Vogue International Editor Suzy Menkes is the best-known fashion journalist in the world. After 25 years commenting on fashion for the International Herald Tribune (rebranded recently as The International New York Times), Suzy Menkes now writes exclusively for Vogue online, covering fashion worldwide.
Behind the Seams at Azzedine Alaïa
Behind the Seams at Azzedine Alaïa
28 Октября 2014
We were supposed to be watching the video of his latest collection together — Azzedine Alaïa and me.
But even before the first belted safari jacket or cobweb of a knitted dress had hit the screen, Azzedine had other ideas.
He picked up a piece of cloth, scissored it into the shape of a collar, marked the basting stitches and went over to the ironing board.
There he stood, a small figure in black from hair through tunic to feet, emerging from a cloud of steam.
“I was just doing a little correction,” said Azzedine, who must be the only designer who is in charge of the entire process, from slicing with those scissors to working with his Italian knitwear people to turn thread into lace.
Behind the seams at Azzedine Alaïa has an element of magic — and not just in puzzling how a shirt can be so sheer when the designer announces it as “knitting”.
The starting point was lunch in the kitchen — a fashion version of feeding the five thousand — with workers, seamstresses, Russian visitors and dogs large and small wandering in and out.
Afterwards, we walked past the fitting room, overlooked by a blood-red portrait of Alaïa by American artist Julian Schnabel. Even the fact that Azzedine’s company is now part of the The Richemont luxury group does not alter the perception that this is a one-man band.
As we progressed through the show space, ringed above with wrought iron, I learnt so much more by touching the fabrics and listening to Azzedine explaining the technique.
“That is raffia worked inside the tulle, while this one is more opaque and less transparent,” the designer told me, so that I understood the subtlety of the “maille” or knitwear suited for day or evening.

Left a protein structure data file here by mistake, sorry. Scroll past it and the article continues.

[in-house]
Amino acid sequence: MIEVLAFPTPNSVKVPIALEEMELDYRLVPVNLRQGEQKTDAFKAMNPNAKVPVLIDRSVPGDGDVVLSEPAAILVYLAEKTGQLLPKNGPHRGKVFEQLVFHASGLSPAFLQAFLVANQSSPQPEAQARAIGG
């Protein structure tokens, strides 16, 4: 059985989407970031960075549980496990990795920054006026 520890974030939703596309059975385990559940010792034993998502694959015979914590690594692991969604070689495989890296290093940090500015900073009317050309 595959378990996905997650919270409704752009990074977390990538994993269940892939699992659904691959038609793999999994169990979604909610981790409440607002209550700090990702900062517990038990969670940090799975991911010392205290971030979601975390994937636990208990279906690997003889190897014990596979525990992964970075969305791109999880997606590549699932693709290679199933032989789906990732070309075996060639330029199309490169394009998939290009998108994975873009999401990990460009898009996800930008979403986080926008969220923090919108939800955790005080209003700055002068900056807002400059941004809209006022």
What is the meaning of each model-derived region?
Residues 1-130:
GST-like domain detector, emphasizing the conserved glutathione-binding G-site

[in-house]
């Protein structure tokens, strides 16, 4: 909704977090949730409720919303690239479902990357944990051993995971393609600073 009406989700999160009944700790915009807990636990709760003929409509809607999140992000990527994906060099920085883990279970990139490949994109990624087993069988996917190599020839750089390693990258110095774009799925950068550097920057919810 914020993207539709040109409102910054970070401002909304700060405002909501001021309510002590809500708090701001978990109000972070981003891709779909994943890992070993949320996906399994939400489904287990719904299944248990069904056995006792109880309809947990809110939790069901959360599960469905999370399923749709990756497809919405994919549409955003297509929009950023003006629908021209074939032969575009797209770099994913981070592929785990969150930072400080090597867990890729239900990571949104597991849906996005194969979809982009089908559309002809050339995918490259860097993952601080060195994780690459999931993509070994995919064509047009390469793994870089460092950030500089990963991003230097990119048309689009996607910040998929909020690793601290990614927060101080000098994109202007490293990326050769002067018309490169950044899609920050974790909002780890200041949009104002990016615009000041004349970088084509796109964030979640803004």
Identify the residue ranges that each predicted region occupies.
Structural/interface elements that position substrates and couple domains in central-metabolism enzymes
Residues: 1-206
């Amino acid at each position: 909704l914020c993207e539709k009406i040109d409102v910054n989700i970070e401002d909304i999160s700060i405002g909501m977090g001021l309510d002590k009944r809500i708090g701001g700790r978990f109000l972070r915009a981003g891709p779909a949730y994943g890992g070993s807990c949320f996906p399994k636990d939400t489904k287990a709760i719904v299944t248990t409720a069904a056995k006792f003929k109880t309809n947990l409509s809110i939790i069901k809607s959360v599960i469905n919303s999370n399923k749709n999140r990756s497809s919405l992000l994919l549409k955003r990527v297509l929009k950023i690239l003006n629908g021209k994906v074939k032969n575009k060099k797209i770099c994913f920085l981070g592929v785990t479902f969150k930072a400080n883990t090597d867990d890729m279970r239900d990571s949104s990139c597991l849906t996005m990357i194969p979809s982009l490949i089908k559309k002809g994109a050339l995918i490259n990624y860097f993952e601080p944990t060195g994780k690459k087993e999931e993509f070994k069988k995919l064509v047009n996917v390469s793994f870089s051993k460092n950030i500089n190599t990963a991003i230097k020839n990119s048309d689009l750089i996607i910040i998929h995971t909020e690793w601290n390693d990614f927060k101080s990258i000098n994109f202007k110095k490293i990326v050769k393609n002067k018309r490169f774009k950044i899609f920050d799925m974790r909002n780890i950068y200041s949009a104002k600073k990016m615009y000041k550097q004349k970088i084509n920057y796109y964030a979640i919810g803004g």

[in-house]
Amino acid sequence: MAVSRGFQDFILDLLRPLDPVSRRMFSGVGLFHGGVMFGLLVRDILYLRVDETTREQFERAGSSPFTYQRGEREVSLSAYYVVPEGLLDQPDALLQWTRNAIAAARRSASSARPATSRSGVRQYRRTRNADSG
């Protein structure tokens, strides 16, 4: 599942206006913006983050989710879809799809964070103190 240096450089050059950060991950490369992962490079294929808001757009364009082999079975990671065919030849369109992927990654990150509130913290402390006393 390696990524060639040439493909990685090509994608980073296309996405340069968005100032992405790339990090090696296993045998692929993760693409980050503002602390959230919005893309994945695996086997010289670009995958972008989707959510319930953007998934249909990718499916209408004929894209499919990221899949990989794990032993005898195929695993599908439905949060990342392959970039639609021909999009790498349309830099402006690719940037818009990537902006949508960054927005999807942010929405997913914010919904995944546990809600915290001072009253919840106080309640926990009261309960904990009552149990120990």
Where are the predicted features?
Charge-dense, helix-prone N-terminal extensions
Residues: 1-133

I once — at least a decade ago — called Alaïa “the greatest couturier who never was”. And I still feel that.
The designer’s great skills are in judging proportions, understanding the female body and, of course, grasping the way fashion is moving.
Take shorts — or rather the hybrid “skorts” to be found in any fast-fashion store. This is how Azzedine makes them: a complex cut of seams and stitches where the magical effect of grace and glamour seems so simple.
I liked longer dresses, not with that heavy-handed Seventies look, but something far subtler — even though there were frills of fringe worked into the skirt.
“People want long hemlines,” said Azzedine, although a minute later he was showing me cute little skirts in red croc.
It is hard to grasp in the show itself the breadth of the Alaïa offering. I was drawn to apparently simple things: tailored shirts, sleek in Japanese cotton or fresh in poplin with lace.
At the end of the studio I pounced on shoes and bags, since this is one of the rare current companies when clothes are the root and accessories flower from that. The lace-cut leather bags were a fine example.
Azzedine had one more treat to offer: we went up to the atelier, where the couture seamstresses were creating a great circle of stitched fabric that fell into a wedding gown. (The client’s name is secret.)
Another couture outfit was a little black dress with its surface touched with gilding.
Yet personally, I found nothing more lovely in the vast sweep of his collection than the apparent simplicity of Alaïa’s little white dresses.
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